McKay’s way of teaching and connecting with students falls on deaf ears for McHale, who calls tweeting poignant quotes the “low hanging fruit” of the English discipline. Scenes in which McKay has to navigate this dusty old mind are painful to watch and without humor, as any woman of color would clearly recognize this abuse and mistreatment — and yet this is a problem of Kim’s making, an Asian woman, herself a woman of color.
At the same time, another storyline concerns Kim’s quest to give that same Yasmin McKay the distinguished professorship for the year — a noble pursuit that moves the story beyond the department and displays the institutional and systemic racism at play. But does that redeem Kim’s intentional positioning of McKay as a life-saving pedestal for McHale’s career?
It could be argued that this is an accurate and realistic depiction of the inner workings of a humanities department, where less than 5% of professors are Black and less than 7% are Asian. Perhaps, these storylines will get resolved by the end of the six-episode run. But the way that the show attempts to humanize professors like Hambling and McHale is pathetic and unrealistic, and Kim’s attempts to prop them up and continue their delusions, rather than set them straight, is just another display of Asian proximity to whiteness.
Of course, the main storyline is that of Kim teaching — teaching Dr. Bill Dobson that is. As yet another white professor, he falls into the trappings of a viral video scandal, and Kim falls, well, for him. Having lost his wife, Dobson is your typical sad boy figure, a day drinking, disheveled dad who just doesn’t have his head on right. Though like all white, male, rockstar professors, he is a best-selling author and does not have the enrollment problem of his peers. Instead, his sin is a lack of accountability. After showing up late to lectures, he finally decides to dig in and in doing so, performs a Hitler salute which he considers to be taken out of context when a video clip of it gets shared on social media.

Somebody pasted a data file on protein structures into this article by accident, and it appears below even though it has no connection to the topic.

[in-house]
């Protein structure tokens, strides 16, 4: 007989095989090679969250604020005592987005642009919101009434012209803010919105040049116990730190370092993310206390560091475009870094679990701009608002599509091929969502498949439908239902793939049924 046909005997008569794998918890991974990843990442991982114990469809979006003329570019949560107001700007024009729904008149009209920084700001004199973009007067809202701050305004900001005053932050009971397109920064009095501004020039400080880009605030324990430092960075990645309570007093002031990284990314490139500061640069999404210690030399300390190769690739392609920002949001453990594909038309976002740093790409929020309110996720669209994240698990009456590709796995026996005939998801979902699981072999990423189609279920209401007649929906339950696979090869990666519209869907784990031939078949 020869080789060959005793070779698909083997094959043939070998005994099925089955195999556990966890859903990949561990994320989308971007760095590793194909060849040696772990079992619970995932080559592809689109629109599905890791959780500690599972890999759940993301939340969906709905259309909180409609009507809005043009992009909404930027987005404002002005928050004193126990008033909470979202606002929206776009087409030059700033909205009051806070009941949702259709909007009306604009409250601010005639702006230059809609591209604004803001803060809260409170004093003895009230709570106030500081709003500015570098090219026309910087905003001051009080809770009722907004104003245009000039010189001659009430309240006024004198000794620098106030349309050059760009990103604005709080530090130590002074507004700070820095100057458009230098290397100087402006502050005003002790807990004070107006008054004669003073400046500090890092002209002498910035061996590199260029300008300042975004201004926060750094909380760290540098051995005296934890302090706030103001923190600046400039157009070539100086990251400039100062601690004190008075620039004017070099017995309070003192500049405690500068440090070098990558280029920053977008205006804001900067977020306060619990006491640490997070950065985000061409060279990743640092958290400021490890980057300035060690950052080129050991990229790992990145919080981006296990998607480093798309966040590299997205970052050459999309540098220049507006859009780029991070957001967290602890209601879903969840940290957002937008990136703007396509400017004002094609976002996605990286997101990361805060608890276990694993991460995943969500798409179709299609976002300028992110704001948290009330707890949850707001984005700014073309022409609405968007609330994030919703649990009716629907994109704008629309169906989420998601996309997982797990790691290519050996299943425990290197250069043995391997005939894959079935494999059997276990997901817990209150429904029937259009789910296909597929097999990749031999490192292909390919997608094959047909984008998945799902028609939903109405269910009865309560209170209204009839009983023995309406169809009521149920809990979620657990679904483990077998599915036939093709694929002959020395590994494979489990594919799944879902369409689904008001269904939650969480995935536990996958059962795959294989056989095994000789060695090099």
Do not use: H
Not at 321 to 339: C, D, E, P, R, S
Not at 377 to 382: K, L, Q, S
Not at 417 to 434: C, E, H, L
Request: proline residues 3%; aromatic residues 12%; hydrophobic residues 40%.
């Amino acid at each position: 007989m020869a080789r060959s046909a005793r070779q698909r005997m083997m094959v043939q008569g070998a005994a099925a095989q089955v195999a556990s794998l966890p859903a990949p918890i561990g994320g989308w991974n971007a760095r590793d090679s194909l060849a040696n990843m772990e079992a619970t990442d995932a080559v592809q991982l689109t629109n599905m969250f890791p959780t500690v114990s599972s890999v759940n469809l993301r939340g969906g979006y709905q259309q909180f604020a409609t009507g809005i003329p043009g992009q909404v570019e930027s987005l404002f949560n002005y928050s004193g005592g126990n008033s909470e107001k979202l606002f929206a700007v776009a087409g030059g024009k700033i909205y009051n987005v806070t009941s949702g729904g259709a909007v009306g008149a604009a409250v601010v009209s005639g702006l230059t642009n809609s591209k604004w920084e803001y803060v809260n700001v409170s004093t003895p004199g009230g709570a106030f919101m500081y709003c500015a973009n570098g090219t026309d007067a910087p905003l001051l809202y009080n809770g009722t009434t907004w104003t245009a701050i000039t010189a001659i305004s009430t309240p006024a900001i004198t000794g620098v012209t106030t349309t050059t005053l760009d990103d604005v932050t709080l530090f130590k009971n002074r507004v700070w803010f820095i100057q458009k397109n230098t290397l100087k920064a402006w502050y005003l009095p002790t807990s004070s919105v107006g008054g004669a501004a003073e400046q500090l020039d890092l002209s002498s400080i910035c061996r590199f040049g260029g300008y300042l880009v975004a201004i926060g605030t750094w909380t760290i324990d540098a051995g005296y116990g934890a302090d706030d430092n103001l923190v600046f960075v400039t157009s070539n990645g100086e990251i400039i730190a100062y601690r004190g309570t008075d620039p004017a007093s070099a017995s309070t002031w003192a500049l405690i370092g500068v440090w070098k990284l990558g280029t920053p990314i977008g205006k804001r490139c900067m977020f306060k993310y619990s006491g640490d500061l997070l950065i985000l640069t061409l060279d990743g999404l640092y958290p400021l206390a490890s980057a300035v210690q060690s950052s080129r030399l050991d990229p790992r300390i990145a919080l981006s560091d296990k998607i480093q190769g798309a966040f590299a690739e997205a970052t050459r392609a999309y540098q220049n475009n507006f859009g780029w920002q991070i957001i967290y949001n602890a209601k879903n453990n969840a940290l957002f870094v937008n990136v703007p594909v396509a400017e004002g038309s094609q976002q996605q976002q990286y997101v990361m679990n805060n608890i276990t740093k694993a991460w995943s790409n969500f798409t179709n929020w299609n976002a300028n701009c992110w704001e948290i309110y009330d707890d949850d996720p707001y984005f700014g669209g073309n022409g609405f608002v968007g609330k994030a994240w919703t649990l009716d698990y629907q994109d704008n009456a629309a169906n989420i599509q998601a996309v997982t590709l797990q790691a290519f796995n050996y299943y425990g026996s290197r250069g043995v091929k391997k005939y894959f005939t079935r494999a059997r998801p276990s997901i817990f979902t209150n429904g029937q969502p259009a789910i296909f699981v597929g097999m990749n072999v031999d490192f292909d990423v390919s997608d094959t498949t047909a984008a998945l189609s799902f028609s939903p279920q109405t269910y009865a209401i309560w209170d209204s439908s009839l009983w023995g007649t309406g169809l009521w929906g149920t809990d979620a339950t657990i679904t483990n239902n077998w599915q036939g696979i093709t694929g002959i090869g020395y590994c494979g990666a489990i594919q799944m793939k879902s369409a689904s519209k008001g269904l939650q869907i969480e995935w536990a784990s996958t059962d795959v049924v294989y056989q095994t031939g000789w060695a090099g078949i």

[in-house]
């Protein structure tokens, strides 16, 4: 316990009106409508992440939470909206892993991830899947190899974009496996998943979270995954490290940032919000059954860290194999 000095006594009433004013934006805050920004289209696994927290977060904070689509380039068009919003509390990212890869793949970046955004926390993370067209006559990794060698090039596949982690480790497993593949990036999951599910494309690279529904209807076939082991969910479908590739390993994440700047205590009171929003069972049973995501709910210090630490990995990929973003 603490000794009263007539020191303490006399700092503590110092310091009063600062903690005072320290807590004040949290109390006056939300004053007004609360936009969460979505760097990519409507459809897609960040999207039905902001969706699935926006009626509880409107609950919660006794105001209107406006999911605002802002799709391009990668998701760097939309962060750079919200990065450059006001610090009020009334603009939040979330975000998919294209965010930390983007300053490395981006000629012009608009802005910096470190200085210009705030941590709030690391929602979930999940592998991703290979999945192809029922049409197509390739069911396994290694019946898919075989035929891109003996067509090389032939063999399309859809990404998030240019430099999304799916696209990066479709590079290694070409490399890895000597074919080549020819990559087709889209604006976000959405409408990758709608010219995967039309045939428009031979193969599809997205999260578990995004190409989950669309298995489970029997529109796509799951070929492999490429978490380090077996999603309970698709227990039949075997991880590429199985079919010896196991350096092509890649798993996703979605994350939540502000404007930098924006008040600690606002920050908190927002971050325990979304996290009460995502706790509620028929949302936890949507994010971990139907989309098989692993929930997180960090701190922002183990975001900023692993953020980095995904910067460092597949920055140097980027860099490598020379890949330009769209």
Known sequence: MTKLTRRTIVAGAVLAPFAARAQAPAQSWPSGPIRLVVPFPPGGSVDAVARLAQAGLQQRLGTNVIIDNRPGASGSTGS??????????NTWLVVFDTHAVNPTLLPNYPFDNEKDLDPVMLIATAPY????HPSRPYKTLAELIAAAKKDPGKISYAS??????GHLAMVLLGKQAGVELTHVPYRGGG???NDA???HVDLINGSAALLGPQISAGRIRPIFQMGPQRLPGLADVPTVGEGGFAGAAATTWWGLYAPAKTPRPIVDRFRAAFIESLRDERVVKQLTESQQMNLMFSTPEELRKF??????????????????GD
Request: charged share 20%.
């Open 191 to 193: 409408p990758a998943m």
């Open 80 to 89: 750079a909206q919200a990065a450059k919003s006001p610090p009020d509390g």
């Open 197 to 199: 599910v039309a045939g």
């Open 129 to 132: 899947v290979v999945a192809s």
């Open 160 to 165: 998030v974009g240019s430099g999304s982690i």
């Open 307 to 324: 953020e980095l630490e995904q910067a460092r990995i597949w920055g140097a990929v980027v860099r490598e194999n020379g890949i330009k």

And while it is so refreshing to finally hear Kim tell off this middle-aged white man — “This is about whether you are one of those men who, when something like this happens, thinks he can dust himself off and just walk away without any fucking sense of consequence” — it is also sad to see a man like this fill in the areas of her life that she lacks. In particular, Kim is a single mother and struggles to connect with her daughter, Ju-Hee, who is starting to understand what it means to be adopted. And so it is Dobson who serves as Kim’s confidant and saves the day, calling for a fun night at the bowling alley. After Ju-Hee falls asleep, Kim asks Dobson, “How are you so great with her?” and notes that Ju-hee never crawls into her lap or runs to her.
If no one is going to say it, here I go: Kim deserves better than Dobson!
“The Chair” realistically portrays the multiple competing pressures of being a person of color at predominantly white institutions and the plight of humanities departments across the nation. Unfortunately, this setup often puts Oh’s character in a position compliant and complicit to white supremacy. Despite all this, we stan Sandra Oh and are holding our breath that the show will come to a disruptive conclusion that dismantles white culture. And if not, we are crossing our fingers that a Daniel Dae Kim cameo will occur, after seeing Kim remove a photo of the both of them off her father’s fridge.
Season 1 of “The Chair” is now available on Netflix.
Photo credits: Netflix